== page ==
Unlucky for some, but lucky for you - Pet Shop Boys fourteenth album, Hotspot is here. It includes the single Dreamland which features Years & Years - a band that probably wouldn’t exist at all if it wasn’t for the Godfathers of chart friendly synth pop. Judging by the single, the duo are still capable of knocking out a decent tune too.
Vinyl LP £19.58 X20018VL1
Gatefold LP on x2.
CD £9.80 X20018CD1
CD on x2.
The Pet Shop Boys have never been quite the same since the Berlin Wall fell. Of course, the duo of Neil Tennant and Chris Lowe was the quintessential Cold War band, terse and surly but also full of a certain perverse joie de vivre that can only come with the knowledge that you might be atomised at any moment. All of this gave them a unique ability to able to plumb escapist pop with politics at once subtle and urgent. However, the band have always seemed slightly lost since 1991, and it's fitting that their 1993 single ‘Go West’, released as a direct response to the fall of the wall, stands as their last major contribution to popular culture.
Recent years have seen the pair spend more time in Berlin - perhaps in an attempt to summon the spirit of that once-divided city as a way of refreshing a sound that has become increasingly out-of-step with 21st Century developments in popular music. ‘Hotspot’, the band’s fourteenth studio LP, is very much a Berlin album. As well as the last track literally being called ‘Wedding In Berlin’ (Wedding, by the way, is the name of one of the city's districts) ‘Will O’ The Wisp’ and ‘You Are The One’ reference places in and around the city.
Pet Shop Boys play to the gallery here. There are several chunky house grooves across ‘Hotspot’, another example of the band’s give-and-take with the German capital. ‘Will O’ The Wisp’ and ‘Monkey Business’ teeter on the edge of gaudy and arch in a way that only Tennant and Lowe can. They still sound about twenty years behind the modern popsphere, but their ability to summon some of the old cold comfort is pleasing. Despite its weak chorus Tennant’s sing-speak verses ‘Happy People’ does something similar, and ‘Wedding In Berlin’ closes the album out by eschewing dry wit for straight-up gags via some funny interpolations of wedding music.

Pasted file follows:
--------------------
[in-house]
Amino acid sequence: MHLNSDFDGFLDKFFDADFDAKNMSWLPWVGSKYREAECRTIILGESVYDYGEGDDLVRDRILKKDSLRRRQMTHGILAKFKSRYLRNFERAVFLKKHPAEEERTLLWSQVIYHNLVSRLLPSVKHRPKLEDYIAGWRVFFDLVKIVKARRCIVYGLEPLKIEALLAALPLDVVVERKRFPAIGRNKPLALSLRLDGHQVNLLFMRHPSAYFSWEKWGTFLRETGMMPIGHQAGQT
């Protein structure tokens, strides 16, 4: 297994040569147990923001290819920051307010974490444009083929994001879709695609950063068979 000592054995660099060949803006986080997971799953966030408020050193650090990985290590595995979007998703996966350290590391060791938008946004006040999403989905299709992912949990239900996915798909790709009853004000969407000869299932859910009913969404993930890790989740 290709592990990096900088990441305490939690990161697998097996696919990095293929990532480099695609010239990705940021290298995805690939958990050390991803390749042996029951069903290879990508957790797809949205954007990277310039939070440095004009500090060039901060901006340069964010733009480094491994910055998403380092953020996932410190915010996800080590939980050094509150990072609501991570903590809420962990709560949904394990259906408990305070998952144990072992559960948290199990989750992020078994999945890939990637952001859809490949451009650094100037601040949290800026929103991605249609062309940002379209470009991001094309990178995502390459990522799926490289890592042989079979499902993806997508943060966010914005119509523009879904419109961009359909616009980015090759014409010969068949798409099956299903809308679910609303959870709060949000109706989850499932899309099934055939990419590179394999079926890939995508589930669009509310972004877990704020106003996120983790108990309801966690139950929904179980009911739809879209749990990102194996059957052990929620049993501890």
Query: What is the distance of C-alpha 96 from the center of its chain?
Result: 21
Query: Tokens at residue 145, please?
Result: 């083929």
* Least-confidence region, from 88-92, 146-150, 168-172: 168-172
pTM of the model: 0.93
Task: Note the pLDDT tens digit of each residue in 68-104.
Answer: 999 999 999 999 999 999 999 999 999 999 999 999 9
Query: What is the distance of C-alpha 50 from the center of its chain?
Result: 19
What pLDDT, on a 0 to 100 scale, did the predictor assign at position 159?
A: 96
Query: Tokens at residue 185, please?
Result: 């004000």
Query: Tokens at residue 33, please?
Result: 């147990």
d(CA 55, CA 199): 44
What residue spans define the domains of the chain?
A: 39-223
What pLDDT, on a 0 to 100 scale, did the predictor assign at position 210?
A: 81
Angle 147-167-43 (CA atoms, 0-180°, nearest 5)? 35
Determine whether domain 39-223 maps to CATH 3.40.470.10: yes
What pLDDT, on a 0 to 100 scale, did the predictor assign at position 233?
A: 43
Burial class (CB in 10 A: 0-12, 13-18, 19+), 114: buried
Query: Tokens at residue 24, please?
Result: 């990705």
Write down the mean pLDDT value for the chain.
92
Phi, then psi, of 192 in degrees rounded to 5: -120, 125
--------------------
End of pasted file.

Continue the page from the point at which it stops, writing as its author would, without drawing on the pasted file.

Sadly the consistent complaints about latter-day Pet Shop Boys remain here. ‘I Don’t Want To’ and ‘Burning The Heather’ are too comfortable - the former is a stodgy ballad that retreads old ground, the latter also reaches back two decades but rather unfortunately ends up channeling Zero7. ‘Dreamland’ and ‘Hoping For A Miracle’ suffer from a curiously modern PSB phenomenon - whereas once Tennant’s aloof delivery and lyrics were mysteriously evocative, it’s now unclear if the lack of specificity in his demeanour is meant to be read as utopian or simply uninspired.
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- Hotspot by Pet Shop Boys
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